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Email Etiquette and Shared Workstations

What is the Email Etiquette at Shared Workstations?

Email Etiquette Goes Both Ways

If you share email programs or PCs at work, your options depend on the corporate network and setup. The understanding that the environment is “shared” should always be a consideration on shared workstations.

From password exposure to sharing programs and output, problems or dilemmas that hinder smooth communications quickly arise, so I’ll examine this from various perspectives.

In our open office, we have several workstations where staff share PCs. What is the proper response when one staff member finds the open work-related email of another staff member that has not yet been closed?
I have a situation where a second staff member knowingly typed a message in the other staff member’s email, sending it from him to him. She acknowledged in the message that “your email you were about to send was open so I used it to send this and closed it.”
He felt his privacy was invaded, and her action was a breach of etiquette. I am their supervisor and am dumbfounded by her actions. He shot off a separate email to me complaining about the privacy issue. How do I handle this?
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When I first read your inquiry, I thought it was smart to send the open email back to the person who left so their work would not be lost. But that doesn’t mean she read it.

The following person would have to close the previous user’s email/account to access theirs, right? What was she supposed to do? Do you not work and wait until when or if he returns?

The other option is to try to find the other staff member and ask when they expect to be finished. But what if that person is nowhere to be found? Are you expected not to work and wait for the person who left it open to reappear?

If he was so concerned about “privacy,” why did he leave his email incomplete and open on a shared workstation? That seems less thoughtful than the person who saved his work for him so she could do her job.

It looks like it could be time for a policy agreement to be implemented.

Have a Conversation About Workstation Use

I always try to err on the side of understanding. This person possibly didn’t know what to do because the email was incomplete, and she needed to use the PC. Closing it may have lost the other person’s work up to that point.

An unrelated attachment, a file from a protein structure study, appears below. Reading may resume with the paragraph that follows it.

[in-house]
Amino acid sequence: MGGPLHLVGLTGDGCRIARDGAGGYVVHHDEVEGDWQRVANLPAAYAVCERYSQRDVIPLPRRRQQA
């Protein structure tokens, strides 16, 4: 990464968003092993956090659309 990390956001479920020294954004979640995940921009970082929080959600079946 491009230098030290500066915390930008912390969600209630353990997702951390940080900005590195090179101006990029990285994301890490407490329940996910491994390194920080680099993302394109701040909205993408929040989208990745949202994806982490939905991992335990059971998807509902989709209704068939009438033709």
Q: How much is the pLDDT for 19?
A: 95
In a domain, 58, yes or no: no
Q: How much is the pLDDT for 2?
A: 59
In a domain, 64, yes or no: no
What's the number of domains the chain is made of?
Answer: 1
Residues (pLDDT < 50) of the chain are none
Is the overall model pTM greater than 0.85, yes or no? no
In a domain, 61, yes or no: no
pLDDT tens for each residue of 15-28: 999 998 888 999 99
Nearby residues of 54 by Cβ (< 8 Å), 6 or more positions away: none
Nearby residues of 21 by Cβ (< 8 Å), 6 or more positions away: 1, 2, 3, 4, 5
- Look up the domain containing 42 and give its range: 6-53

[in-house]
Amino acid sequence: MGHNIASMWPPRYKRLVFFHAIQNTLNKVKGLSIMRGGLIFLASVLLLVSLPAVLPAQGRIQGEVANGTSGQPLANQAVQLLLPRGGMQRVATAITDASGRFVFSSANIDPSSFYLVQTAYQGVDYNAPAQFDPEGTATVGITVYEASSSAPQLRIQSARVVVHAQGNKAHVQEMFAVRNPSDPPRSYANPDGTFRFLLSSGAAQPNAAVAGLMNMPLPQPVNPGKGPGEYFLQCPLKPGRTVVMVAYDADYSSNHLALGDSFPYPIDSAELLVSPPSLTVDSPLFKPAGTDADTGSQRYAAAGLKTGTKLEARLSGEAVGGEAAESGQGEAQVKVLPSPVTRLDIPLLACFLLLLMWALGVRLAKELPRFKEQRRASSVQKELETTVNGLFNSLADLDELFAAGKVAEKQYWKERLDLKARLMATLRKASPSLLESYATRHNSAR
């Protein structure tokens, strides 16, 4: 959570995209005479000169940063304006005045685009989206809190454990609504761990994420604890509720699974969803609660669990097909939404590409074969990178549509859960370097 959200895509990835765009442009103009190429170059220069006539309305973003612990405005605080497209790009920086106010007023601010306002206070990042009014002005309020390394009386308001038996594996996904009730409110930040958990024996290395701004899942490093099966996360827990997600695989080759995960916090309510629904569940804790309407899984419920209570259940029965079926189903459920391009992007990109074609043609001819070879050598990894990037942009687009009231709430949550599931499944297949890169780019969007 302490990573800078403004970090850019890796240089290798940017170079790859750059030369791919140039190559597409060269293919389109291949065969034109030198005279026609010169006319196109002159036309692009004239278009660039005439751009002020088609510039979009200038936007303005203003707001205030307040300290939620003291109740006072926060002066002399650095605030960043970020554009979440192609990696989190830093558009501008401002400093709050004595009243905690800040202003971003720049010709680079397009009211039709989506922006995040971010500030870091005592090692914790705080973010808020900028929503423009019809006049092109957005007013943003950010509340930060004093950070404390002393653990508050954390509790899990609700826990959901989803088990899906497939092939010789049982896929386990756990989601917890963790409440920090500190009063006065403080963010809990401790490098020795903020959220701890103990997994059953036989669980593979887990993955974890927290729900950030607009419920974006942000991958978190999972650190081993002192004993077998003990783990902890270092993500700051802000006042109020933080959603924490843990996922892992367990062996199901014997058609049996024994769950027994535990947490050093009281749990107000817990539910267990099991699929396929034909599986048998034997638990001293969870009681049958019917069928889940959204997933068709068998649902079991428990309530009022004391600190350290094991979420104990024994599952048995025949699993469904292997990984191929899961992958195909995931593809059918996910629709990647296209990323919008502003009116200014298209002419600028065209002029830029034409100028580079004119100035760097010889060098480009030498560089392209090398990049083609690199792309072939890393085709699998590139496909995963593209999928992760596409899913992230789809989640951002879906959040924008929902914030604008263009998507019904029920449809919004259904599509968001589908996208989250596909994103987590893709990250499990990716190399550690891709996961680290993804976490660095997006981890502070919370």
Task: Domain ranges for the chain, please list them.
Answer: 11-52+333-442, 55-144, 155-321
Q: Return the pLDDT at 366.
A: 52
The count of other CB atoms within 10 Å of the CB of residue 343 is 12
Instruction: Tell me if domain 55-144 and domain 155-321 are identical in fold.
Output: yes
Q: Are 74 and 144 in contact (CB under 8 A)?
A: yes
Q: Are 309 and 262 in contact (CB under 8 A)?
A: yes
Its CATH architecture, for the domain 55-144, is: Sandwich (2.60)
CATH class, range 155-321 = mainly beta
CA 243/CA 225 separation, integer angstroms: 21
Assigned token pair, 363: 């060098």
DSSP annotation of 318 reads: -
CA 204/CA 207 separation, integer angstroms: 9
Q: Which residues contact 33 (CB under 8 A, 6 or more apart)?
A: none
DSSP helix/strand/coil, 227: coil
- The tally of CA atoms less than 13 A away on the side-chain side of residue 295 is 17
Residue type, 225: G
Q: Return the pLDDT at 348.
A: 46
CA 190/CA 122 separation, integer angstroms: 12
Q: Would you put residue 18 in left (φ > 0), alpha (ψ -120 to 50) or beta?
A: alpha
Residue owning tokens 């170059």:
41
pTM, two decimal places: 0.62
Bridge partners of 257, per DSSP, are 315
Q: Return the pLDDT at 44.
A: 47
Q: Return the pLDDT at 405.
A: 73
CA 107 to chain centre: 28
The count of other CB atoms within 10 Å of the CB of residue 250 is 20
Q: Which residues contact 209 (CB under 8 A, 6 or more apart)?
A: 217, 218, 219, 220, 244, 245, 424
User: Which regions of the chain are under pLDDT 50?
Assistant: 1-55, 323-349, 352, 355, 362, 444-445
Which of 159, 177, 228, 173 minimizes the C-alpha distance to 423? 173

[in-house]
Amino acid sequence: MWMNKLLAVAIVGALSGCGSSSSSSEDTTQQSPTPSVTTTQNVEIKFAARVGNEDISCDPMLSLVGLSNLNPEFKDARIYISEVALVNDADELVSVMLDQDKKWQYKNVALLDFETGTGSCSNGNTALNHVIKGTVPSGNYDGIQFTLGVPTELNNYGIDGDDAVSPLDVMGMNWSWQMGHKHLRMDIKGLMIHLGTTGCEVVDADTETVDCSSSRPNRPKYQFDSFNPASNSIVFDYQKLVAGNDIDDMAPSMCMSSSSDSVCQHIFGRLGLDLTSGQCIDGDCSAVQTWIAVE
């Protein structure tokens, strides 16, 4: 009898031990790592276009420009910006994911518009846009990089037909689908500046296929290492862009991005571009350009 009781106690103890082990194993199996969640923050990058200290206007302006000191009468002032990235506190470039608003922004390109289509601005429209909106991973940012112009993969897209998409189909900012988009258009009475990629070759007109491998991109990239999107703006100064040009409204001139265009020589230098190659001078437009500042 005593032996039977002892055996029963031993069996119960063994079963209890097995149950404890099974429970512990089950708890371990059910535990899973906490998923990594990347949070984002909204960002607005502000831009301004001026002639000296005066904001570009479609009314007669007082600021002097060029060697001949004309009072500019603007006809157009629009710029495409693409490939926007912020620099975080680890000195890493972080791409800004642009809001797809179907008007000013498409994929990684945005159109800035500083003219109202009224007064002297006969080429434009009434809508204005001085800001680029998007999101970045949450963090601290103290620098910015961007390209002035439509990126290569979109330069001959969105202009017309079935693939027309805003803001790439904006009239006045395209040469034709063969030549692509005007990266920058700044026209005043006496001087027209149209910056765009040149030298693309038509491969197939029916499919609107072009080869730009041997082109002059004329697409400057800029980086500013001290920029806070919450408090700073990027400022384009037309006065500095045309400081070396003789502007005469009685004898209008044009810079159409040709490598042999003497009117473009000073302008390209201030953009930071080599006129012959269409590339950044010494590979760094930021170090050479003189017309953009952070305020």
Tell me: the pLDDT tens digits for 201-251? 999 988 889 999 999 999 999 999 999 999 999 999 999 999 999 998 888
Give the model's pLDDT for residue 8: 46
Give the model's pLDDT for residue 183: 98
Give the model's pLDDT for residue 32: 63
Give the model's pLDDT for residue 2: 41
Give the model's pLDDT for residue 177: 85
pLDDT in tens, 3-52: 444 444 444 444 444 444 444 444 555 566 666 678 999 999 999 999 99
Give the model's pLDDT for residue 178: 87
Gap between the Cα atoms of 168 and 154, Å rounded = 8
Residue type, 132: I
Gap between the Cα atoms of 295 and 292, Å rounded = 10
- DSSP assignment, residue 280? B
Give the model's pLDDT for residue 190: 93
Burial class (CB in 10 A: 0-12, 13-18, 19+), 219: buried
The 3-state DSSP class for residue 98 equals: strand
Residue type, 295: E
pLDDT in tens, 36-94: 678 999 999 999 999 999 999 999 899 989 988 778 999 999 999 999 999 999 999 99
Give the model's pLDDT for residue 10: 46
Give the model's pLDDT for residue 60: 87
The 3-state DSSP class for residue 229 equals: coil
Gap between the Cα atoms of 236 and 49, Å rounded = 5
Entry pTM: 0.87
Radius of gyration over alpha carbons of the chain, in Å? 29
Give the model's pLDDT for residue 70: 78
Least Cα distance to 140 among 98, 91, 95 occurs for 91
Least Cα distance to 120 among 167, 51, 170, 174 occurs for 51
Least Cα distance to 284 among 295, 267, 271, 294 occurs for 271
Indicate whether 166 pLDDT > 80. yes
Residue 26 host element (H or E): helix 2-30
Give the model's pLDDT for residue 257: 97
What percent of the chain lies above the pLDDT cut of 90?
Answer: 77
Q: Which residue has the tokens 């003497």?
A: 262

Maybe her comments weren’t succinct. However, by doing what she did, she did him a favor and saved his work. It appears that no ill intent was involved. As the supervisor, I believe this is a perfect time to discuss this with all involved so that you can avoid similar issues in the future.

While privacy is a concern, there should be no expectation of privacy on company time or equipment in the workplace, especially when you leave your email open on a shared computer.

The fact that it is a “shared” computer should be an apparent reason for him not to leave his communications open and then leave.

Personal Responsibility

If he was genuinely concerned about his privacy, he shouldn’t have left his email and account open, visible, and accessible to anyone who walks by. To assume that the shared computer is off-limits or that anyone who needs to use it should just wait until he comes back is not a good look.

As far as the other staff member is concerned, first look at intent. Have you asked her why she did what she did? You may be surprised to find she had good intentions.

But you don’t know until you discuss this with her before jumping to conclusions. He did walk away without thought or concern for others who had to use that computer (or his own “privacy”).

eTattling isn’t a Good Look

Oddly, he didn’t come to you — or her — to speak face-to-face about his issue. He decided to be an “eTattler” instead of discussing this with the other employees. This reflects a lack of desire to take responsibility for his actions in a team environment.

Consider meeting face-to-face, not by email, with both parties to discuss the issue. Discuss what each should do in the future when they run into this situation to the satisfaction of all involved.

Shared Workstation Considerations

  • Don’t leave work or emails open, and leave the shared workstation. Close or save your work until you can come back to complete it.
  • If you find someone’s open work product, try to find them to ask what they would like to do.
  • If you cannot find the owner of the open work and access to the workstation, save their work before proceeding.
  • If you leave your work open for an unexpected length of time, know others may save your work so they can login and do theirs.
  • There is no expectation of privacy on company time, equipment, or the fact I have to say this — on shared workstations.

Creating a policy or announcement about this situation will also benefit all employees. This provides guidance so everyone is on the same page and knows what to do in the future. It also explains what to expect if employees leave their emails incomplete and open to anyone who walks by.

Share the knowledge!

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